Many homeowners these days are practically obsessed with property values in their area, especially in the wake of the housing crisis. So a real estate agent who provides news and information about local home prices should have no trouble getting people to subscribe or follow. The more valuable the information, the more attractive it becomes to the end-user.
For real estate agents, blogging and social media go hand in hand. Blogging programs like WordPress give agents an easy way to publish information online. Social networks provide an easy way to share that information. An obvious implementation would be to blog about local housing conditions, and then tweet the new blog post through Twitter, or share it through Facebook. The Home Buying Institute provides a Market Blogging service for this very reason.
Here again, imagination is the only limit.
Read more: http://www.homebuyinginstitute.com/news/social-media-real-estate-401/#ixzz2Vls8bwWs
Some traffic tickets can raise your auto insurance premiums by 22% or even more. Here’s how various violations could affect your rates.
This post comes from Angela Colley at partner site Money Talks News.
Getting pulled over is a funny thing. No matter how old you are, you still feel like a teenager behind the wheel when those blue lights come on.
But after you get a ticket and the squad car is pulling away, you have two very adult thoughts: “I wonder how much this is going to cost?” and “Oh no! What is this going to do to my insurance rates?”
From reckless driving to not wearing your seat belt, a recent study shows just how much that ticket will raise your insurance rates.
Tickets and your insurance rates
A study by Insurance.com analyzed 490,000 insurance quotes to figure out how different violations affect your car insurance rates. Here are their findings for 14 different violations:
Reckless driving — 22% increase.
DUI (first offense) — 19%.
Driving without a license — 18%.
Careless driving — 16%.
Failure to stop — 15%.
Driving 30 mph or more over the speed limit — 15%.
Improper turn — 14%.
Improper pass — 14%.
Following too closely — 13%.
Driving 15 to 29 mph over the speed limit — 12%.
Driving 1 to 14 mph over the speed limit — 11%.
Failure to yield — 9%.
Driving without insurance — 6%.
Seat belt infractions — 3%.
It could be even worse; those are just averages. Your actual rate will depend on a variety of factors, including your age, sex, where you live, your marital status, and how long you’ve been with your carrier. You can calculate your own results on Insurance.com.
How to prevent a rate hike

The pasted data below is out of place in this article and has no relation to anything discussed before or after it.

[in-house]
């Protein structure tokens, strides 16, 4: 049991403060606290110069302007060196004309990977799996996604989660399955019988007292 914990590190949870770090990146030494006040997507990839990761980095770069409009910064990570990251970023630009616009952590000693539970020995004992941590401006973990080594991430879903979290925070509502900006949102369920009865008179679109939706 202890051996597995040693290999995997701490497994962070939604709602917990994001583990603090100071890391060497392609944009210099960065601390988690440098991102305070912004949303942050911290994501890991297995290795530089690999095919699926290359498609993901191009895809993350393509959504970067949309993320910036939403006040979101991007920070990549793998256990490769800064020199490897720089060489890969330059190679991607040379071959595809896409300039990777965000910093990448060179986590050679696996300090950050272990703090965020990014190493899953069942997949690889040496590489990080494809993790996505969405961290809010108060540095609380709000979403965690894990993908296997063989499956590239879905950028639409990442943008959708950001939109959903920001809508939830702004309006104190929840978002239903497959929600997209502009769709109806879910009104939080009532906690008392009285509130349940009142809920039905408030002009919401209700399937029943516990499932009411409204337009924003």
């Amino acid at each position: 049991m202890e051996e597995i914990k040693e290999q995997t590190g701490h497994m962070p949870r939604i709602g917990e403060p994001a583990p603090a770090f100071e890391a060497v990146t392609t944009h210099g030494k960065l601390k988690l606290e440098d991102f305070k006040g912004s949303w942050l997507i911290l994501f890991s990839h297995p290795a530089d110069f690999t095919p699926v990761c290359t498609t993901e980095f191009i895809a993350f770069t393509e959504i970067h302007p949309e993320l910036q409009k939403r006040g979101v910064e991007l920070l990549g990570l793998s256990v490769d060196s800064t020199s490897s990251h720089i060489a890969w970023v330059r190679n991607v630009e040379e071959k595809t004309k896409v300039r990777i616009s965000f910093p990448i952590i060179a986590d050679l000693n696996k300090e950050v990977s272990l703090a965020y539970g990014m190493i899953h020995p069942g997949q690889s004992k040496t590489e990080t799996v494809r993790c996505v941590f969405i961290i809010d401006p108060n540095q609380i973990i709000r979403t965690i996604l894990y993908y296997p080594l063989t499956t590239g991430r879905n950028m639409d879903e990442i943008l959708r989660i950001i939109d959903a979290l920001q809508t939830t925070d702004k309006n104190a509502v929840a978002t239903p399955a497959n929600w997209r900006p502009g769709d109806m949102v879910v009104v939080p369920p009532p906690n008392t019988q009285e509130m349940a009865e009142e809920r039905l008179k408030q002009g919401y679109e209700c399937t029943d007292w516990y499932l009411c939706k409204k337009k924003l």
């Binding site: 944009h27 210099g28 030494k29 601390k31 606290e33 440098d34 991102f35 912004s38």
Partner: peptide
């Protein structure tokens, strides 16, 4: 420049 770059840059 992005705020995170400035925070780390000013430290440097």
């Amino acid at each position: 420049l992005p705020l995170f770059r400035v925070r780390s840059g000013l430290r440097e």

Traffic violations show up on your state driving record, which is accessed periodically by your insurance company. There are a few things you can do to keep a ticket from appearing on your driving record or minimize the impact on your insurance rate.
Go to court. If you go to court, you may end up getting the ticket reduced to a lesser offense or having the case dismissed entirely. There are several reasons why a judge might dismiss your case. Among them:
The officer who issued the ticket didn’t appear in court.
The ticket contains inaccurate information.
You can prove you did not commit the offense.
Hire a lawyer. A lawyer could help your case. You’ll have to pay, but probably not much. A lawyer we interviewed charges $80 to handle a basic traffic case.
Attend traffic school. Some states allow you to keep a violation off your record by attending traffic school. You can attend traffic school in person (many have night and weekend classes) or online and you’ll have to pass a test, but it shouldn’t be difficult if you were paying attention. The fee to attend the school is usually small.
If you end up paying the fine, here are some steps to take going forward:
Avoid getting pulled over again. This seems obvious, but more violations will further increase your insurance rates. Keep your car maintained — no broken or malfunctioning lights — wear your seat belt, drive safely and defensively, and renew your registration on time.
Be patient. Some insurance companies will reduce your rate after a year with no violations. Many moving violations will no longer affect your rate after three years.
Comparison-shop for new insurance. Insurance companies treat violations differently, so another company may offer you a better rate. But don’t lie about past infractions. The company will be reviewing your driving record, even if you’ve moved to another state.